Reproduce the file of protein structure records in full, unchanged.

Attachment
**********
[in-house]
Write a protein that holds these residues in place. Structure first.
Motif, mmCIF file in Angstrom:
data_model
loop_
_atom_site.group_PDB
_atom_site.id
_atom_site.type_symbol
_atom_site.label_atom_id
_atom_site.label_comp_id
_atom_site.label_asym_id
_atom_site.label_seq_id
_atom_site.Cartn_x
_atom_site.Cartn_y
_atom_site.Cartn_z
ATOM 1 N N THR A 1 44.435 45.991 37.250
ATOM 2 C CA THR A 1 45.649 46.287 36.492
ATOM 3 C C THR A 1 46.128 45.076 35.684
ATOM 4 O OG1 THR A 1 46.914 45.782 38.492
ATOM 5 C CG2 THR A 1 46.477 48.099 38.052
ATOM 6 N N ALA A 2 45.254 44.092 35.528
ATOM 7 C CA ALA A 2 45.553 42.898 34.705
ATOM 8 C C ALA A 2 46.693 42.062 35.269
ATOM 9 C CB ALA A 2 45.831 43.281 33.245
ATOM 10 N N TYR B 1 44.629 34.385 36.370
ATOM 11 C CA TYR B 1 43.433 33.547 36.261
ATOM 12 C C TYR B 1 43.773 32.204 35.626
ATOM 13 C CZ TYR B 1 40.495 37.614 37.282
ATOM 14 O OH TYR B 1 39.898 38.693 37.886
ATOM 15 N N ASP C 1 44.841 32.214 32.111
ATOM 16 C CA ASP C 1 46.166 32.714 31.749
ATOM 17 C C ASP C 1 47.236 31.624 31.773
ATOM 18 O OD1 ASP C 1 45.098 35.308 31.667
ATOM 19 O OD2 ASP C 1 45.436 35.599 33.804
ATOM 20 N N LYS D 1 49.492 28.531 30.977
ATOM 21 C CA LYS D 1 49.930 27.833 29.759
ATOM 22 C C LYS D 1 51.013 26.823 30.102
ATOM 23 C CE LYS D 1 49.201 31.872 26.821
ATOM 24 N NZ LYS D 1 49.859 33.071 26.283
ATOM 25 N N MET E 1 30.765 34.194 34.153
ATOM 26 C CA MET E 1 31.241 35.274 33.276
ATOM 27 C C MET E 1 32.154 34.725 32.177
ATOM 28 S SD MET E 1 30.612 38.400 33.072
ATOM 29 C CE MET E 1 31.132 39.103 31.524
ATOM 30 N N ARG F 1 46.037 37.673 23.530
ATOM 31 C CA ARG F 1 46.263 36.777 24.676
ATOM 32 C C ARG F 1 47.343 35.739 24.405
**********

[in-house]
Write a protein that holds these residues in place. Structure first.
Motif, mmCIF file in Angstrom:
data_model
loop_
_atom_site.group_PDB
_atom_site.id
_atom_site.type_symbol
_atom_site.label_atom_id
_atom_site.label_comp_id
_atom_site.label_asym_id
_atom_site.label_seq_id
_atom_site.Cartn_x
_atom_site.Cartn_y
_atom_site.Cartn_z
ATOM 1 N N THR A 1 44.435 45.991 37.250
ATOM 2 C CA THR A 1 45.649 46.287 36.492
ATOM 3 C C THR A 1 46.128 45.076 35.684
ATOM 4 O OG1 THR A 1 46.914 45.782 38.492
ATOM 5 C CG2 THR A 1 46.477 48.099 38.052
ATOM 6 N N ALA A 2 45.254 44.092 35.528
ATOM 7 C CA ALA A 2 45.553 42.898 34.705
ATOM 8 C C ALA A 2 46.693 42.062 35.269
ATOM 9 C CB ALA A 2 45.831 43.281 33.245
ATOM 10 N N TYR B 1 44.629 34.385 36.370
ATOM 11 C CA TYR B 1 43.433 33.547 36.261
ATOM 12 C C TYR B 1 43.773 32.204 35.626
ATOM 13 C CZ TYR B 1 40.495 37.614 37.282
ATOM 14 O OH TYR B 1 39.898 38.693 37.886
ATOM 15 N N ASP C 1 44.841 32.214 32.111
ATOM 16 C CA ASP C 1 46.166 32.714 31.749
ATOM 17 C C ASP C 1 47.236 31.624 31.773
ATOM 18 O OD1 ASP C 1 45.098 35.308 31.667
ATOM 19 O OD2 ASP C 1 45.436 35.599 33.804
ATOM 20 N N LYS D 1 49.492 28.531 30.977
ATOM 21 C CA LYS D 1 49.930 27.833 29.759
ATOM 22 C C LYS D 1 51.013 26.823 30.102
ATOM 23 C CE LYS D 1 49.201 31.872 26.821
ATOM 24 N NZ LYS D 1 49.859 33.071 26.283
ATOM 25 N N MET E 1 30.765 34.194 34.153
ATOM 26 C CA MET E 1 31.241 35.274 33.276
ATOM 27 C C MET E 1 32.154 34.725 32.177
ATOM 28 S SD MET E 1 30.612 38.400 33.072
ATOM 29 C CE MET E 1 31.132 39.103 31.524
ATOM 30 N N ARG F 1 46.037 37.673 23.530
ATOM 31 C CA ARG F 1 46.263 36.777 24.676
ATOM 32 C C ARG F 1 47.343 35.739 24.405